Shouldn't inspectors look at the care and wellbeing of pupils?

20th April 2007 at 01:00
Q It seems as if the whole focus of inspection is on Sats and exam results.

Shouldn't inspectors look at the care and wellbeing of pupils, and give this equal weight to the data analysis?

A I have to take issue with the suggestion that inspectors give insufficient weight to pupils' wellbeing. The inspection framework is based firmly on the Every Child Matters agenda. All inspectors are required to focus on all aspects of it, including reporting on pupils' personal development and wellbeing. There are more inspection judgments made under this heading than any other - including achievement and standards. Personal development is itself an achievement grade; like achievement and standards, it is an important "outcome" measure of the school's success. I am not an uncritical advocate of the inspection system, but I don't think you can fairly criticise inspection for not giving enough weight to pupils'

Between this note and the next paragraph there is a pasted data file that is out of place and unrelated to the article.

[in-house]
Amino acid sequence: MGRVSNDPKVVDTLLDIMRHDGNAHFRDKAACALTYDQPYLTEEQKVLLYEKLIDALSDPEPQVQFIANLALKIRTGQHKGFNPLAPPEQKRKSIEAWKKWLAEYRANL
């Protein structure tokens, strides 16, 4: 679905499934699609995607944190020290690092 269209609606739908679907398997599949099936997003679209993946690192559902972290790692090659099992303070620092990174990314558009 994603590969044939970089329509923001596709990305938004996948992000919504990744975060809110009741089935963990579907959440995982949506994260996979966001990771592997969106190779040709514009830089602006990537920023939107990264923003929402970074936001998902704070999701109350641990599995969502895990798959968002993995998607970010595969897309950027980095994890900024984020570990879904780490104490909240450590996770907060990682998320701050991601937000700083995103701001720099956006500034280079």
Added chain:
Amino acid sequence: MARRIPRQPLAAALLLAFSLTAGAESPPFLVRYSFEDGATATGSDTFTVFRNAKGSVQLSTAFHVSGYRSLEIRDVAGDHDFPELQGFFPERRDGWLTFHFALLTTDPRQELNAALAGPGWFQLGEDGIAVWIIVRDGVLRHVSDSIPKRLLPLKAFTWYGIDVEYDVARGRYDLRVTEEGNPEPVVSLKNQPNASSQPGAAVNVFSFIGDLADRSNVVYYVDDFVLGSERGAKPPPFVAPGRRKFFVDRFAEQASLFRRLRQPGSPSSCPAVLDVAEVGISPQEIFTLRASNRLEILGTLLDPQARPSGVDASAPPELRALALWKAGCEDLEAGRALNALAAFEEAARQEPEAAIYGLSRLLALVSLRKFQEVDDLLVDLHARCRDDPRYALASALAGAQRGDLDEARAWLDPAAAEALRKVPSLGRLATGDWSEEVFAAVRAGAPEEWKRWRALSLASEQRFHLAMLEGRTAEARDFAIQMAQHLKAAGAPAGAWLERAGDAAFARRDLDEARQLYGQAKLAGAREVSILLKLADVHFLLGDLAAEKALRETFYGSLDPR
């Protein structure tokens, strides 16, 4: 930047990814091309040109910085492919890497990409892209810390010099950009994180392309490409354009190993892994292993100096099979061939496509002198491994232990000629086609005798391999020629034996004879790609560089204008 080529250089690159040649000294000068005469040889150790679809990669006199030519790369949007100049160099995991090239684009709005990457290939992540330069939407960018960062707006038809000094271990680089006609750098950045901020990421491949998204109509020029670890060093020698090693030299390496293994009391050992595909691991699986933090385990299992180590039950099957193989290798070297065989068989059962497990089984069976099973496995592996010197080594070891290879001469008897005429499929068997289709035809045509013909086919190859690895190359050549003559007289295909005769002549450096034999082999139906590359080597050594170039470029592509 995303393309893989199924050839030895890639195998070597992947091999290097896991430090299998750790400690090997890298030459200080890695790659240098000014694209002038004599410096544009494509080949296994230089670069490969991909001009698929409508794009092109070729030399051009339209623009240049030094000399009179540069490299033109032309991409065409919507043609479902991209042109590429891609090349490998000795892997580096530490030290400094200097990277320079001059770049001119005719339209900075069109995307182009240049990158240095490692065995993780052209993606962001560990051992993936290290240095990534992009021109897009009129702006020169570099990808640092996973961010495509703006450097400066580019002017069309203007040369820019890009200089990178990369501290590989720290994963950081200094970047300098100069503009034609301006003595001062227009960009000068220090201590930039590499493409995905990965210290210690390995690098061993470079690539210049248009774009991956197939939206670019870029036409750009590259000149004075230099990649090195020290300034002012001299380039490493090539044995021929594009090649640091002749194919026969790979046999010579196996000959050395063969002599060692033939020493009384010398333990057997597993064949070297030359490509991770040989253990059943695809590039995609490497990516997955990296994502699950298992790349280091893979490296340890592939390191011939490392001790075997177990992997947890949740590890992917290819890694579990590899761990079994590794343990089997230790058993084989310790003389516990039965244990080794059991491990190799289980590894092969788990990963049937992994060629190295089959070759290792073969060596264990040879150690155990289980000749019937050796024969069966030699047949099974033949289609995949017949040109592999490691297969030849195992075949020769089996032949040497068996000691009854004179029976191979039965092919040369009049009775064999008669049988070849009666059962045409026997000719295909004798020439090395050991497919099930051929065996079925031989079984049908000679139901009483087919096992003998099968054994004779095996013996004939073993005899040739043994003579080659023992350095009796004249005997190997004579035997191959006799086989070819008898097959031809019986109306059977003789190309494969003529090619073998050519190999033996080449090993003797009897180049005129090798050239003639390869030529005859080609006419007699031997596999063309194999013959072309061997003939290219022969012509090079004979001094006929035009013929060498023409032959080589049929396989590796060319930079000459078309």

wellbeing. It is, however, also part of that wellbeing that pupils are helped to do as well as they can academically. We shortchange schools and their pupils when we look on achievement and wellbeing as "eitheror"

alternatives.

Selwyn Ward draws on years of inspection experience. The views expressed here are his own. To ask him a question contact him at askaninspector@tes.co.ukSelwyn regularly answers your Ofsted questions on our forums at www.tes.co.ukstaffroominspection

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